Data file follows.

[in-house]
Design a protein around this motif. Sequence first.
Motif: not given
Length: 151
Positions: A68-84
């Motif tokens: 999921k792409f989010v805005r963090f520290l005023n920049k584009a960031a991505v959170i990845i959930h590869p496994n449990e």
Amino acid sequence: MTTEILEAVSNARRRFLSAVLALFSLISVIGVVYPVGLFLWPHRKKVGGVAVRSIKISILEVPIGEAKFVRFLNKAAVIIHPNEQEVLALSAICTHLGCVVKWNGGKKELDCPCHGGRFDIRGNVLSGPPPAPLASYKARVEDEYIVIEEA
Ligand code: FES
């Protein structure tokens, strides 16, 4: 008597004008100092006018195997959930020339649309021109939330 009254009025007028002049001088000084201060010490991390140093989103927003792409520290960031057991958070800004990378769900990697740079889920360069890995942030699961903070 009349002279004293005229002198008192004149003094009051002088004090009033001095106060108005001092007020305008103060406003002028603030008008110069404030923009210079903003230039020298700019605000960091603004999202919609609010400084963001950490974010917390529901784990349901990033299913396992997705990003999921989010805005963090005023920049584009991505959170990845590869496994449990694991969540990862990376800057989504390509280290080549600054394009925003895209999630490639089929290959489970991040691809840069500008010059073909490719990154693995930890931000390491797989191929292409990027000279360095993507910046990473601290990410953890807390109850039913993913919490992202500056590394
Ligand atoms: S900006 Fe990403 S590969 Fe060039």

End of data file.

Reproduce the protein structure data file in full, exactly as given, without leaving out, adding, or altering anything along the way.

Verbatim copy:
[in-house]
Design a protein around this motif. Sequence first.
Motif: not given
Length: 151
Positions: A68-84
């Motif tokens: 999921k792409f989010v805005r963090f520290l005023n920049k584009a960031a991505v959170i990845i959930h590869p496994n449990e």
Amino acid sequence: MTTEILEAVSNARRRFLSAVLALFSLISVIGVVYPVGLFLWPHRKKVGGVAVRSIKISILEVPIGEAKFVRFLNKAAVIIHPNEQEVLALSAICTHLGCVVKWNGGKKELDCPCHGGRFDIRGNVLSGPPPAPLASYKARVEDEYIVIEEA
Ligand code: FES
């Protein structure tokens, strides 16, 4: 008597004008100092006018195997959930020339649309021109939330 009254009025007028002049001088000084201060010490991390140093989103927003792409520290960031057991958070800004990378769900990697740079889920360069890995942030699961903070 009349002279004293005229002198008192004149003094009051002088004090009033001095106060108005001092007020305008103060406003002028603030008008110069404030923009210079903003230039020298700019605000960091603004999202919609609010400084963001950490974010917390529901784990349901990033299913396992997705990003999921989010805005963090005023920049584009991505959170990845590869496994449990694991969540990862990376800057989504390509280290080549600054394009925003895209999630490639089929290959489970991040691809840069500008010059073909490719990154693995930890931000390491797989191929292409990027000279360095993507910046990473601290990410953890807390109850039913993913919490992202500056590394
Ligand atoms: S900006 Fe990403 S590969 Fe060039």